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How Tea Came to Britain Claire H. Petras


At the height of the British Empire, England controlled more of the planet than any other country. The Empire controlled a quarter of Earth’s surface about as much of its population. The tea plant from China became one of the most important commodities of British trade, and the need to acquire tea lead to the expansion of the Empire and to several wars. Tea has a shady history as it came to England by way of trade, smuggling, drug dealing, and thievery.

In the 17th century, England participated in world trade to bringing riches into the country, beginning the cycle of expanding the Empire as a means to increase trade and increasing trade to expand the Empire. Once Europe was introduced to tea, the East India companies of the major European nations brought tea to the upper classes of European society, but due to taxation it was a luxury far too expensive for the majority of England’s population.
In the 18th century, England united with Scotland and Wales to become Great Britain. The British Empire continued expanding, adding many territories in India. The mighty British East India Company began feeling a pinch in their profits as smugglers started bringing tea to the middle and lower classes of the population.
When the British Crown lowered the import tax on tea, smuggling stopped, but during the 19th century, relations with China were strained. China was the world’s sole source of tea, and Britain was spending enormous amounts of silver to purchase tea. Britain began trading Indian-grown opium to China for British silver, which they used to finance the purchase of more tea. The Chinese tried to stop the opium trade as millions of Chinese became addicted to opium, but the British fought, and won, two wars to continue trading in opium.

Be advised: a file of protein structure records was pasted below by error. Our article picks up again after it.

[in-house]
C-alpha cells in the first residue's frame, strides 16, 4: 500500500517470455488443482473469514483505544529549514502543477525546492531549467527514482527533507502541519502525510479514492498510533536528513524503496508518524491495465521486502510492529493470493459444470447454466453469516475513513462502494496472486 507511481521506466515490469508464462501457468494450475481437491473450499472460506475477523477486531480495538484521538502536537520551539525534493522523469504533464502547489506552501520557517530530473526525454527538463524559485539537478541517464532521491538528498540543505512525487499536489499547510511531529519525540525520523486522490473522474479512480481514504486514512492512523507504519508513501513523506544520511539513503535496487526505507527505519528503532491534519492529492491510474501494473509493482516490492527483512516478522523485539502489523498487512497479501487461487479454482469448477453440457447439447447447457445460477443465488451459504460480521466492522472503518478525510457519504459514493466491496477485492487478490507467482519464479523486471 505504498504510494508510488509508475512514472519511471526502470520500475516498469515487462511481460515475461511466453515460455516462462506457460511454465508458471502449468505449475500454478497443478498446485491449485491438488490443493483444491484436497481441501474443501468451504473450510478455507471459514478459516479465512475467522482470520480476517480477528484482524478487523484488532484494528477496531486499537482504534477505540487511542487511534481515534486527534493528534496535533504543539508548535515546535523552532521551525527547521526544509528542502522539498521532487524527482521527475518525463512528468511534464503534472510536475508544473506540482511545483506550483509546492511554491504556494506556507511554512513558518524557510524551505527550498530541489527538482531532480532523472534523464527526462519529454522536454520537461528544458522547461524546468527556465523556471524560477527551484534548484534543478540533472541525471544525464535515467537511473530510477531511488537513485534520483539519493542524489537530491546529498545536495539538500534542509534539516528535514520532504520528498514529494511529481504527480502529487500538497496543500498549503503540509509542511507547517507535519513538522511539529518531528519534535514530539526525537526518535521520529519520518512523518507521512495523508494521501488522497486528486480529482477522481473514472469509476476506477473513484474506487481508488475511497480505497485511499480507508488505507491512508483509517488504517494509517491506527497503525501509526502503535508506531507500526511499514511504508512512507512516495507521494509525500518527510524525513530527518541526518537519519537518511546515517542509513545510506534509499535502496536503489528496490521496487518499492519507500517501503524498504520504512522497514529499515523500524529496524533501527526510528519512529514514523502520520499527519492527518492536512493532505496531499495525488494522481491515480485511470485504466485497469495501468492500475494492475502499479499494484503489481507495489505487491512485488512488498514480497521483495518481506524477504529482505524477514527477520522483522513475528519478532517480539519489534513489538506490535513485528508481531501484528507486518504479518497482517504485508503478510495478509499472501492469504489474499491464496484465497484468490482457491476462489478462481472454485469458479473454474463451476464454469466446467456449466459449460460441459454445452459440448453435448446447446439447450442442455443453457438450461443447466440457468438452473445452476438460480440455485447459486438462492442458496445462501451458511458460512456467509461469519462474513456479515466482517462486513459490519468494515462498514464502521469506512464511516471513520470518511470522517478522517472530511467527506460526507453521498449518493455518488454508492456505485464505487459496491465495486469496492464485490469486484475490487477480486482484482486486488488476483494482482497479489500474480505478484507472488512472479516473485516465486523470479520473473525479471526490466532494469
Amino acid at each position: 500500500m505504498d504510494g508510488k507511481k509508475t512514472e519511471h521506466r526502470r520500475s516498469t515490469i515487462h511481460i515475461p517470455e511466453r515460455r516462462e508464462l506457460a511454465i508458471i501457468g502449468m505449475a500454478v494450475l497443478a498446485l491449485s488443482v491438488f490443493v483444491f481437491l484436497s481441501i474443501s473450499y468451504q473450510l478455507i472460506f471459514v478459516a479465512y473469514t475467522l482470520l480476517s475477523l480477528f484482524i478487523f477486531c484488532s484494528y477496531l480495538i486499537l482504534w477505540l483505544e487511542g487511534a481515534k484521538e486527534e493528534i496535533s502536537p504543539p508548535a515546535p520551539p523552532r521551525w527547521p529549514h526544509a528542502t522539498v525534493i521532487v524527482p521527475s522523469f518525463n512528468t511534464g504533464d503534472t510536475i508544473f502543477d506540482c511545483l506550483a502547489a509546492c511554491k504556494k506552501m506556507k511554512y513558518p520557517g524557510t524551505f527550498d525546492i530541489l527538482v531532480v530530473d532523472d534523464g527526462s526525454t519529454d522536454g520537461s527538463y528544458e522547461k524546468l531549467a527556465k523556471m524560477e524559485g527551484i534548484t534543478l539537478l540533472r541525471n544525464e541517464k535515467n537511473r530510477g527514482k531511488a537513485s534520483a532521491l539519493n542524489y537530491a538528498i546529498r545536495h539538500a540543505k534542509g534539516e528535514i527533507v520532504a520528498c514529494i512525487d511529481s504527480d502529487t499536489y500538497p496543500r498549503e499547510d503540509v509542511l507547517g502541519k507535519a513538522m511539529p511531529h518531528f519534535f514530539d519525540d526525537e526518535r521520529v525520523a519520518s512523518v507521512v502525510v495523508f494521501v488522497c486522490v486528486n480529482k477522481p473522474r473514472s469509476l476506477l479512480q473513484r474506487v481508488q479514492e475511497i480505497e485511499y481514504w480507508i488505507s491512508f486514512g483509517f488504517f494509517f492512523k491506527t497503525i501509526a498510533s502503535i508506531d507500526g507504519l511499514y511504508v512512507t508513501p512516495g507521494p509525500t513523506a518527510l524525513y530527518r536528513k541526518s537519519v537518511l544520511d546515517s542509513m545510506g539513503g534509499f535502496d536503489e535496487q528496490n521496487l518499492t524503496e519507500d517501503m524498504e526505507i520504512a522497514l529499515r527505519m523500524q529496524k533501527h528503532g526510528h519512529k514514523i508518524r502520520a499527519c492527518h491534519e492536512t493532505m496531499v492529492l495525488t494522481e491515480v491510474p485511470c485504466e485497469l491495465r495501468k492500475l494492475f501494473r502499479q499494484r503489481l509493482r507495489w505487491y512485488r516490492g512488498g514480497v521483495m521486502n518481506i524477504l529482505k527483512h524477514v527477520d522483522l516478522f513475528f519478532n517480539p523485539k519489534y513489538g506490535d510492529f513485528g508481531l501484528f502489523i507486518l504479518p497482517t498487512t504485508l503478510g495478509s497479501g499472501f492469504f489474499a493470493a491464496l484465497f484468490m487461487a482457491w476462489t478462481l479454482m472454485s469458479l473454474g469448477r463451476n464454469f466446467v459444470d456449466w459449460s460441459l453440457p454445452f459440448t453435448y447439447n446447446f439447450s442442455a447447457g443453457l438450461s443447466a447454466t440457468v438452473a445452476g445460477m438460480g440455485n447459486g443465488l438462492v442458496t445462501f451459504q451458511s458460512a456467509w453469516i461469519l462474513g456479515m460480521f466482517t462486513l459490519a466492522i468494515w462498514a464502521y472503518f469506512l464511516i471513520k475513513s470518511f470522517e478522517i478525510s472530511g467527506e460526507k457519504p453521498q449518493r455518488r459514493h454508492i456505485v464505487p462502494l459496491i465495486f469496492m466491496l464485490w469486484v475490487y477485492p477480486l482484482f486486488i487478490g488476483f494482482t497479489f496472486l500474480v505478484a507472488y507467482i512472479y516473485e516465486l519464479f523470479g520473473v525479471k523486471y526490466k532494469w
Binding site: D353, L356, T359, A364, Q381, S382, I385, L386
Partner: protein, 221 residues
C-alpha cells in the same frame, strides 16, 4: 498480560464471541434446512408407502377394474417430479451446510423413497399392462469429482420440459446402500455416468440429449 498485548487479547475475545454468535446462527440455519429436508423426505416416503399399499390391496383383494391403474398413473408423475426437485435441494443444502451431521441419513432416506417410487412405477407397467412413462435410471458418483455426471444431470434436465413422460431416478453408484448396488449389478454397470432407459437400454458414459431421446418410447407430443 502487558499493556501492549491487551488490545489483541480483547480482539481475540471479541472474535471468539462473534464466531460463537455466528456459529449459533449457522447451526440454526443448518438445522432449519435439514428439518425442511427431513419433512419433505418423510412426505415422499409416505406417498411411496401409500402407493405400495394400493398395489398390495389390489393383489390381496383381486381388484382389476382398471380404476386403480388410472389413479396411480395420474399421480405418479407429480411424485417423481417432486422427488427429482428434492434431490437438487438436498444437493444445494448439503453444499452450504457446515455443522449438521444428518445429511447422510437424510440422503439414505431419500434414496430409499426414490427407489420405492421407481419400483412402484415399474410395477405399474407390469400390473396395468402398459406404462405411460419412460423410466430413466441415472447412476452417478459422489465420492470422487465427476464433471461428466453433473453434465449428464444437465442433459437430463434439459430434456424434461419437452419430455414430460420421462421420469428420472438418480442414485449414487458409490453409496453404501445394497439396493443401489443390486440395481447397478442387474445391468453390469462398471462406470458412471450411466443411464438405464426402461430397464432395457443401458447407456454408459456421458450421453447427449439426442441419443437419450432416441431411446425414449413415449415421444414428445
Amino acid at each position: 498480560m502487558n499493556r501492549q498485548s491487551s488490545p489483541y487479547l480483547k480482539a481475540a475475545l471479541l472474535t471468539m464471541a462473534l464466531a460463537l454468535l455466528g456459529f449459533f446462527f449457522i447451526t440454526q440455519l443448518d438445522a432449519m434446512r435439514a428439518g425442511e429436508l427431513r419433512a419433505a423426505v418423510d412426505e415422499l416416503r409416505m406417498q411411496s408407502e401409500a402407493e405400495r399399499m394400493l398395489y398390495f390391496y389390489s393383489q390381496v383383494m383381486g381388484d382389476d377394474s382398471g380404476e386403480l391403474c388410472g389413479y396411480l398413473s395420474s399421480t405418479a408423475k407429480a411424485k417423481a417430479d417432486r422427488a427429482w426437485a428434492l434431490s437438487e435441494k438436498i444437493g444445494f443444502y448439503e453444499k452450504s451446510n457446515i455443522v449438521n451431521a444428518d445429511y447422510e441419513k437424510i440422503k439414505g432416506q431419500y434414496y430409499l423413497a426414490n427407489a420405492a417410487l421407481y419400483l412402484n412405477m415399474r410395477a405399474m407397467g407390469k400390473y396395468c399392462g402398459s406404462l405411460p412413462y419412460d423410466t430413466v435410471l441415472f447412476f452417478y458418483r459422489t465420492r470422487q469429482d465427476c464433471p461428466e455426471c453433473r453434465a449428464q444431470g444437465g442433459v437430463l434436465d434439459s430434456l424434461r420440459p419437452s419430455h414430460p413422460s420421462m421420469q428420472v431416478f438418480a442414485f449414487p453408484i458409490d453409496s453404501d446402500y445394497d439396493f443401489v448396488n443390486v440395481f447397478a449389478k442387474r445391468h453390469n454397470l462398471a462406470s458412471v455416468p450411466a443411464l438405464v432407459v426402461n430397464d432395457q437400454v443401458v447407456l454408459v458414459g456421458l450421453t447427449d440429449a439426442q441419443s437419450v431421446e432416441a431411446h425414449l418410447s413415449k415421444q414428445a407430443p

Britain could no longer rely on Chinese tea, which had become a very important commodity in England, so they began looking for suitable tea-growing land within their own borders. India had many geographical areas similar to the tea-growing regions in China, but Britain lacked the necessary knowledge to grow or manufacture tea. To solve this problem, and to keep the flow of tea entering the Empire, the British East India Company arranged for Chinese tea plants, seeds, and equipment to be stolen from China and delivered to India.
The national identity of the British people was rooted in drinking tea. Through trade, smuggling, drug dealing, and stealing, tea became an icon of British culture that remains to this day.

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